With a focus on hearts and organ donation, I’m also reflective on a family or individual who made the decision to share a very special heart with one of my sweethearts. I’ve always been an organ donor, since I was old enough to put it on my driver’s license. It never really meant much to me, though, until there was a need for a life-saving organ in my own family. What an amazing miracle that is. That the decision to donate organs at the end of one precious life can save up to eight more. What an incredible opportunity to give of yourself. Having visited with a family whose daughter wanted to be an organ donor, I understand a little now of how difficult that choice might be when it comes right down to it, in the midst of the sadness and heartache. I honestly can’t imagine how tough it would be, but I like to think that now that we’ve experienced the miracle of organ donation first-hand, we wouldn’t even hesitate to share that precious gift of life with someone else. We are so grateful that things have changed so much in the heart world, and that Sarah had an opportunity to have a second chance in her life. We are grateful for her donor and their family, for making a tragedy in their lives into a celebration in ours, and probably others.
What an incredible world we live in now. A world of research, discovery, advancement, awareness, and more research, discovery and advancement. How blessed we are to live in a time and place where “blue babies” have a chance to live. Oh, it’s truly a happy heart day!
Yesterday, Steve and Sarah went back to Primary Children’s at the crack of dawn for a follow-up biopsy to check Sarah’s rejection. Everything went well. I’ve been told that Dad didn’t remember where to go, Sarah was really calm when she went in for her cath, the anesthesiologist was really cute, recovery was easy, Sarah bossed the nurses, the transplant team at clinic was super excited to see her, and the stop for lunch and browsing at Modern Design with her dad afterward was wonderful.
I have to tell you what Steve said about Sarah bossing the nurses. (This is just a small example of her newly-developed assertiveness in her own health care. Dr. Molina, one of the transplant cardiologists, even commented about how much more confident she is now.) In recovery, there’s a protocol of how long patients need to be “watched” following certain procedures. Since it was just a biopsy and pressure check (only through her neck), and she uses conscious sedation, they usually like to keep her there for a couple of hours. Last time we went in, I think they only kept her for about an hour or so because she was doing so well and heading down to cardiology for another hour afterward for echo and clinic. Well, yesterday, when it had been a half hour-ish, Sarah said she was feeling great, and wondered when she could go. They told her she’d need to stay until 12:30…about 3 hours. She immediately told them that was not necessary because of a, b, and c… and then asked them to talk to the doctor. Apparently, the doctor’s orders were wrong and also didn’t include anything about her echo and cardiology clinic. So, the doctor wrote new orders, Sarah got her way, and after they found her a wheelchair she said she didn’t need, they were on their way downstairs.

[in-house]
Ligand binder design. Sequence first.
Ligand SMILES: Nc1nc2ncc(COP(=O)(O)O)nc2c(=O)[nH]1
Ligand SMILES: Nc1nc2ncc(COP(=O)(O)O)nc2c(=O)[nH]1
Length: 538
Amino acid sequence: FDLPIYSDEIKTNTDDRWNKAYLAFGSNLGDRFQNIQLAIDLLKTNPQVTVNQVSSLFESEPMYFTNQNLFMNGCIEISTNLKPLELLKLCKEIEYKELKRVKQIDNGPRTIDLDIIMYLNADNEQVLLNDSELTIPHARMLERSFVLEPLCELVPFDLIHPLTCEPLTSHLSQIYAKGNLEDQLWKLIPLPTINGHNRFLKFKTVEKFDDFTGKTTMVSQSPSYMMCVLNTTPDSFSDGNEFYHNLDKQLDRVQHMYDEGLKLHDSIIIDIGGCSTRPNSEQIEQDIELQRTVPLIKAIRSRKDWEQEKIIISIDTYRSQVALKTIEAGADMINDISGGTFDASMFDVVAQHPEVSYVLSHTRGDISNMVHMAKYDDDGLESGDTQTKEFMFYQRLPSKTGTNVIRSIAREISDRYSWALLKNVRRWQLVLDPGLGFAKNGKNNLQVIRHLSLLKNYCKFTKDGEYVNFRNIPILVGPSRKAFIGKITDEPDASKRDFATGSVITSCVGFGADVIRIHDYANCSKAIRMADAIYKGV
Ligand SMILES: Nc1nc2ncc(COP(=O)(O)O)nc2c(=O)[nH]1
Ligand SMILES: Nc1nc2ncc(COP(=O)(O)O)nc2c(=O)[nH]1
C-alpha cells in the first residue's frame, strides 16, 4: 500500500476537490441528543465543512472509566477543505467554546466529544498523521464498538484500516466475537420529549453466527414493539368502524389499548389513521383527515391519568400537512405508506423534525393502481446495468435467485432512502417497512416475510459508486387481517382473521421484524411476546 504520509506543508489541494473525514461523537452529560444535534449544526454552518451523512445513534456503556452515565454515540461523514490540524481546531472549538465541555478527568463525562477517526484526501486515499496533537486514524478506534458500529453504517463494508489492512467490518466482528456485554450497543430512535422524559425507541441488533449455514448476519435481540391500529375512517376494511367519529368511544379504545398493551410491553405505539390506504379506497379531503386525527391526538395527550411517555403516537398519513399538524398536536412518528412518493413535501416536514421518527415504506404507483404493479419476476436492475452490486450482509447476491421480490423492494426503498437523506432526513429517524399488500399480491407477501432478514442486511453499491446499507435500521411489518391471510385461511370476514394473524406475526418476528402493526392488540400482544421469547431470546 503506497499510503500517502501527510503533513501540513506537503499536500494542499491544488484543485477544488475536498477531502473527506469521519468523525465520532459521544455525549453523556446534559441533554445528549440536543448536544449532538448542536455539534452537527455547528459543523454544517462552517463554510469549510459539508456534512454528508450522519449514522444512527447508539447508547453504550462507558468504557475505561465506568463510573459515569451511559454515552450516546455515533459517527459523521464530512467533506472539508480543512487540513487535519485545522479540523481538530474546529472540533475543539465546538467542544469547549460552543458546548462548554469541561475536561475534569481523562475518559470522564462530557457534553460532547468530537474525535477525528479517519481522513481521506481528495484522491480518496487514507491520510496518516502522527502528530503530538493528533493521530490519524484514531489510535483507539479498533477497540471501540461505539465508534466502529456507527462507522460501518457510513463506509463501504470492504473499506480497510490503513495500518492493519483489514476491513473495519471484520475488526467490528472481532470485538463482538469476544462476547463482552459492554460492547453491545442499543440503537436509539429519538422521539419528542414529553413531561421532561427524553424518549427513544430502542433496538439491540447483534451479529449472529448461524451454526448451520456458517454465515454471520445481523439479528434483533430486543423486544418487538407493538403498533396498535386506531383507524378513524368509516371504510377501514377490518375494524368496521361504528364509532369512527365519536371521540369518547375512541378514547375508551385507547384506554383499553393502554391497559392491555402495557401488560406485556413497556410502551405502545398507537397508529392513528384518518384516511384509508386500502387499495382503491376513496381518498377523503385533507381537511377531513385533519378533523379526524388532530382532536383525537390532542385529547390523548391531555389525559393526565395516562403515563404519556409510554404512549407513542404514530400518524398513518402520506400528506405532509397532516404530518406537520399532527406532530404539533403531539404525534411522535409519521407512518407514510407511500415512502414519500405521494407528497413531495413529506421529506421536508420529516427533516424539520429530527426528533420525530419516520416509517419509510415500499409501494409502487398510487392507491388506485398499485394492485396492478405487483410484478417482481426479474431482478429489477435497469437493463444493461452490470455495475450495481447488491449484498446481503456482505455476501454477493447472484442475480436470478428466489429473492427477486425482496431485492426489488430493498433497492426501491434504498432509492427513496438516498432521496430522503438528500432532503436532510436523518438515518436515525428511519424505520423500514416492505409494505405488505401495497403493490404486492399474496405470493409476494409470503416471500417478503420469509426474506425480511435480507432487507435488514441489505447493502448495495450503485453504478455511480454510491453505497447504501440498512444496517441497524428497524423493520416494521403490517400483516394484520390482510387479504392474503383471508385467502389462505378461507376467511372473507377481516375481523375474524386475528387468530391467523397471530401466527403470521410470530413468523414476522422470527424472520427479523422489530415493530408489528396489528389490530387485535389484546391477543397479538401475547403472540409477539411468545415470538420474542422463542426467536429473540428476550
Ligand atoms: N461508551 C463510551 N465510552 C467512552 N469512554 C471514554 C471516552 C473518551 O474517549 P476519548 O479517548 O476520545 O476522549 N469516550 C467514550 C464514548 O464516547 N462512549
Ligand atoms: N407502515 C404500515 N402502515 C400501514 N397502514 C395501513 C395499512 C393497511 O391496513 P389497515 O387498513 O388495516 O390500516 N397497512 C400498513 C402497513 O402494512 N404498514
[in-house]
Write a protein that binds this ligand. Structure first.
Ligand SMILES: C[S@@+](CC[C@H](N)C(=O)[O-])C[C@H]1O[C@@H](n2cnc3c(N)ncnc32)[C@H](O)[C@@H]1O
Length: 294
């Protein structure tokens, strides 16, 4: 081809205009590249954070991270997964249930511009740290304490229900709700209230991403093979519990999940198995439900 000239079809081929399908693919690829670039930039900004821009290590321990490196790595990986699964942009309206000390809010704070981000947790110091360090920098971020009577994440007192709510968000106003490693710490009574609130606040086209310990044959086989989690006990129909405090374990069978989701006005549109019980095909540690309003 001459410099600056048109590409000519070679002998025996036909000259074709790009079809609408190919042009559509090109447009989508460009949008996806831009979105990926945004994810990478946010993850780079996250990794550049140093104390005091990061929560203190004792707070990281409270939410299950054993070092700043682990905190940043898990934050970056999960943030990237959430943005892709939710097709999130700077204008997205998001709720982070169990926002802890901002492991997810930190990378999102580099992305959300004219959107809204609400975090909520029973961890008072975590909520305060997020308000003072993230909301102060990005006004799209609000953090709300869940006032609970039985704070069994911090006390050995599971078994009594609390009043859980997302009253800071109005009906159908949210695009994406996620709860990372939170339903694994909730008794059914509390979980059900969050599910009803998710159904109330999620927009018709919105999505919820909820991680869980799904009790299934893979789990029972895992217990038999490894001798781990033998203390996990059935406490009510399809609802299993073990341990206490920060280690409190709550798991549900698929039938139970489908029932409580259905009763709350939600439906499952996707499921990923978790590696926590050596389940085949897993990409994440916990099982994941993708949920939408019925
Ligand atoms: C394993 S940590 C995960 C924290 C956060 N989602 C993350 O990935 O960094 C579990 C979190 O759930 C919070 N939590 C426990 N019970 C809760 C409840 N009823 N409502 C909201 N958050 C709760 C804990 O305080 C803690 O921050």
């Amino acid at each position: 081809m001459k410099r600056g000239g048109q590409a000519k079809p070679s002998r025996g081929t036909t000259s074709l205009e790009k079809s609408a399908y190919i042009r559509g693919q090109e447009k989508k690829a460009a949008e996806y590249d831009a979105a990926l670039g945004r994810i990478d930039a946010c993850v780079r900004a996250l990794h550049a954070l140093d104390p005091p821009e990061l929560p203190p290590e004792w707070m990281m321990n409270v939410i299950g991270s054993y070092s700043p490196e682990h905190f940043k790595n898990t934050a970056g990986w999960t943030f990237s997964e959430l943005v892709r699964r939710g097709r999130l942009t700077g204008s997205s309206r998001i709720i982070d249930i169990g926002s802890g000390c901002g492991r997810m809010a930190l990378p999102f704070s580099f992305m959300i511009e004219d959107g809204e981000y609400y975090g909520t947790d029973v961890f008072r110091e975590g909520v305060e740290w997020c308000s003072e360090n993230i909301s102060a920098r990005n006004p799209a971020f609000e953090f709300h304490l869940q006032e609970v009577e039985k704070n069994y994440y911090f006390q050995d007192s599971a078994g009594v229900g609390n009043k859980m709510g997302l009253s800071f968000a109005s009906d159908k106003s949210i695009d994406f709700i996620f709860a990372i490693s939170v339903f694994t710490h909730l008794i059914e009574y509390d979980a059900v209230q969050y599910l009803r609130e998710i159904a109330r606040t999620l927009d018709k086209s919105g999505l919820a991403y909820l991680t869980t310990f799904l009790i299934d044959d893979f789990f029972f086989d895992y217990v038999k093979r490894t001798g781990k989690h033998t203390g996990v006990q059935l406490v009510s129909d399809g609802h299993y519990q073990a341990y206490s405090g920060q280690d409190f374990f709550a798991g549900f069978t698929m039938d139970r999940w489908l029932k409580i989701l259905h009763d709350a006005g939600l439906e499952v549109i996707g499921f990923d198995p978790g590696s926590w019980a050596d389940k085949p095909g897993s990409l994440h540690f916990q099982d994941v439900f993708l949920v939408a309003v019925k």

REPORT: We got a call late in the afternoon from transplant team. Sarah’s biopsy showed that she still has mild rejection, but it’s improved. (YAY!) Sometime I’ll explain the scale and what all the letters and numbers mean, but the two things we were concerned with was the C (cellular) and V (vascular). The scale goes from 1 to 5 (1 = 0, meaning none… no clue why). C is down to 2.5 from 3, and V is down to 1 from 2.
Here’s the information she got from the coordinator, including our plan of action…
Your biopsy cleaned from C3V2 ISHLT1R, pAMR (-) to C2.5V1 ISHLT1R, pAMR (-) which is very mild cellular that a lot of times we do not treat.
1. Discontinue Nystatin, Ranitidine, and Valcyte
2. You will continue Septra through the first year
3. Decrease prednisone (steroids) to 7.5mg (1 1/2 tabs) by mouth once per day for 2 weeks. On 2/10/14 decrease to 5mg by mouth once per day.
4. Return to clinic for routine visit in 1 month.
5. Make appt for adult hepatologist at the UofU.
6. Labs on Monday (tacro and CBC).
So, she’s coming down on the steroids and discontinuing all the other yucky meds that combat problems caused by them, and returning in a month. They also told her that they won’t do another biopsy then (but wait another month) if everything else looks good, and she’s still feeling great. So, she’s happy and feeling quite comfortable with the plan. She even did a happy dance this morning when she swallowed a few less pills and realized she didn’t have to chase them with a nasty Nystatin swish and swallow. Life is good.